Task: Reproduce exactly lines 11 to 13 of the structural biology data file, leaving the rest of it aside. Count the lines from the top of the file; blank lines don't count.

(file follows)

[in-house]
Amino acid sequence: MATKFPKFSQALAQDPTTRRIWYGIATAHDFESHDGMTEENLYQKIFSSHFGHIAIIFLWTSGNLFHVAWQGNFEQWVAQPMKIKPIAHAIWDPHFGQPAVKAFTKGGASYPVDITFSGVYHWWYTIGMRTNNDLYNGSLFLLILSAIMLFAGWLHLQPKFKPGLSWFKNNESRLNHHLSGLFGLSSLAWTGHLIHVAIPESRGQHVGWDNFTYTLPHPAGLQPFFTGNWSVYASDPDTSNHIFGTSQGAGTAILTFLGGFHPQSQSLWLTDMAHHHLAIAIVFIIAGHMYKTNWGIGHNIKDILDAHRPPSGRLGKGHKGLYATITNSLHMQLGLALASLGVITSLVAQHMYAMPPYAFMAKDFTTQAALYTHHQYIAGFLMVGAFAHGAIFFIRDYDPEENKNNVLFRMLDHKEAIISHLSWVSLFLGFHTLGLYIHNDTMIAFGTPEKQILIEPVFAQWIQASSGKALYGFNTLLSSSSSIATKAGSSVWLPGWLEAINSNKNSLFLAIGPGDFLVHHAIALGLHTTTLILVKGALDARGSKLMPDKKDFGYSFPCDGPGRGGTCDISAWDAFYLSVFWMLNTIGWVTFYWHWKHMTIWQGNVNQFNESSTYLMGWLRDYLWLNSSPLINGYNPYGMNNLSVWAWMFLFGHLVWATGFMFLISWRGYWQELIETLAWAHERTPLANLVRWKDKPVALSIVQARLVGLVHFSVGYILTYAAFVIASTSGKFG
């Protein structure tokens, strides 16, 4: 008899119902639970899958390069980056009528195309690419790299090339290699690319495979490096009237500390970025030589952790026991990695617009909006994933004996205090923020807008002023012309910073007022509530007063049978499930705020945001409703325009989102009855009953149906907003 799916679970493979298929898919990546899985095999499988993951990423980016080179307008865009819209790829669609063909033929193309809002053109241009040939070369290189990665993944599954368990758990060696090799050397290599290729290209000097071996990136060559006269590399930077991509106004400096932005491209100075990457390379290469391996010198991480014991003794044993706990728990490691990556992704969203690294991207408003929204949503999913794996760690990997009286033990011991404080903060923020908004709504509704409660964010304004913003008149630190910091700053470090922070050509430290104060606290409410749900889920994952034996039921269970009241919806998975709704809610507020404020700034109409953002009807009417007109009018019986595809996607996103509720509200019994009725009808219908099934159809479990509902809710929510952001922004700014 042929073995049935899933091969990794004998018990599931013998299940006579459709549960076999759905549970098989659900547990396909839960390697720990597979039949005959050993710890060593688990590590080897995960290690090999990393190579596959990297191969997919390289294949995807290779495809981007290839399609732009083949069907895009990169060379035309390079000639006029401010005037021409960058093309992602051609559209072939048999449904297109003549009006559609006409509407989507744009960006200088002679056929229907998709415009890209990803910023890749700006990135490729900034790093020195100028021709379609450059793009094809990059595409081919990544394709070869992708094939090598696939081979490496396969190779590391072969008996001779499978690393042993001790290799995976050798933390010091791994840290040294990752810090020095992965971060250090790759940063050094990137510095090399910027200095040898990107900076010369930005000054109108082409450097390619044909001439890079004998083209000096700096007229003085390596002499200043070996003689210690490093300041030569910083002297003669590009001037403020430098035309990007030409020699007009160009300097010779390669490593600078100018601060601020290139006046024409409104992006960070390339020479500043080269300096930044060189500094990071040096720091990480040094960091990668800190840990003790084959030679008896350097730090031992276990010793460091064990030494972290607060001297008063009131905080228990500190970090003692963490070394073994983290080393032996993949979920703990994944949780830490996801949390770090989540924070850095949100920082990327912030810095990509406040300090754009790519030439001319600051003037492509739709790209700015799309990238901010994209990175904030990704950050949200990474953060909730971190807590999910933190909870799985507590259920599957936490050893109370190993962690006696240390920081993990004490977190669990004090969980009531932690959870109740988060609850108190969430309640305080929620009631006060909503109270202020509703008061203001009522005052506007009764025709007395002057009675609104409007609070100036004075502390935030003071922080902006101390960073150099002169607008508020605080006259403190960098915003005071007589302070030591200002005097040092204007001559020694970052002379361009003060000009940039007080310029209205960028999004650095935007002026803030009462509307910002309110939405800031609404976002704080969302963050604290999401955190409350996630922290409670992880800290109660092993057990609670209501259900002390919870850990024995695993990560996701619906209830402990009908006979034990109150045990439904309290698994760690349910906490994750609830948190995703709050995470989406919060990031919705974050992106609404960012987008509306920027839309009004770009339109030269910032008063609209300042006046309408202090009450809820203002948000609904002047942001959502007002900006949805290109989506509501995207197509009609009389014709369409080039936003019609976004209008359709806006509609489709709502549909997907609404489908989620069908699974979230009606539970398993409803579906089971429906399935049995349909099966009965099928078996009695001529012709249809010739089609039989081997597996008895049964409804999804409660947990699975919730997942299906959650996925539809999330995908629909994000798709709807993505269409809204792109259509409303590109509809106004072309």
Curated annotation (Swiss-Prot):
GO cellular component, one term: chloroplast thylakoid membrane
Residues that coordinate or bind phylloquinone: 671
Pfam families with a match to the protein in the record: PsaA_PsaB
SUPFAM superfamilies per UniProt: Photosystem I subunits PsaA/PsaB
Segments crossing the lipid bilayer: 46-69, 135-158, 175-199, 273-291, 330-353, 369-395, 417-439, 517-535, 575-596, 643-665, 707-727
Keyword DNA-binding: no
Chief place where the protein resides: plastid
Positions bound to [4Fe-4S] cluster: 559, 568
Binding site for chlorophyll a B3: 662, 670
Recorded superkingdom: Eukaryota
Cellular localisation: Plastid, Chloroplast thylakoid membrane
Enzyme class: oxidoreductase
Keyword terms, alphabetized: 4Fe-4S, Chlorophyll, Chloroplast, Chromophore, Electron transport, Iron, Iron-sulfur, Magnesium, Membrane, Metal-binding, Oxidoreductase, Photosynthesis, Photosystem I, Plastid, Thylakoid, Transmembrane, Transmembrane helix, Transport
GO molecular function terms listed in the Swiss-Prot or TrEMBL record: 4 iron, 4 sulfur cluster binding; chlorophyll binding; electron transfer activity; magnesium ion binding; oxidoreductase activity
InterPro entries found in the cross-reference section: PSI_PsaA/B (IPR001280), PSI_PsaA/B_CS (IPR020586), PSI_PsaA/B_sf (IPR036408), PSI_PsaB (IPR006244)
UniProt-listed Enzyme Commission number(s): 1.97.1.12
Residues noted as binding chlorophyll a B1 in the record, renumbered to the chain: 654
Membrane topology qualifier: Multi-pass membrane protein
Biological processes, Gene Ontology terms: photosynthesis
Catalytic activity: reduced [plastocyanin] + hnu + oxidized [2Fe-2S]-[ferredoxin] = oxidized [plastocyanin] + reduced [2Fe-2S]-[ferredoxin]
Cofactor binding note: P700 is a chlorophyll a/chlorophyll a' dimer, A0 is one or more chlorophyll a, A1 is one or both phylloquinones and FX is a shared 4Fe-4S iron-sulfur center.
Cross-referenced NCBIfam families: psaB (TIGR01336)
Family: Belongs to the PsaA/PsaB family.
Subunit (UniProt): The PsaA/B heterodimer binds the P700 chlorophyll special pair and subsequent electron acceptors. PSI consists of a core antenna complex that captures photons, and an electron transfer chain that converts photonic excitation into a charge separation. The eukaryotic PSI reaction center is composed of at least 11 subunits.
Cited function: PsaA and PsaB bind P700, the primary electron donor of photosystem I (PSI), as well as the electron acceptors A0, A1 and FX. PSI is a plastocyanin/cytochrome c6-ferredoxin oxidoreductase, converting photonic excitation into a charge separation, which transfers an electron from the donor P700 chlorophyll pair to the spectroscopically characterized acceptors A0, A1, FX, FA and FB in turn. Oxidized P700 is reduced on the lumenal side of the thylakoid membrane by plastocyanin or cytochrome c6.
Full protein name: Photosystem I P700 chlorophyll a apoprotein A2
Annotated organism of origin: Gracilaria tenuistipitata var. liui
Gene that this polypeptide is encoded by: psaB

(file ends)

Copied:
Chief place where the protein resides: plastid
Positions bound to [4Fe-4S] cluster: 559, 568
Binding site for chlorophyll a B3: 662, 670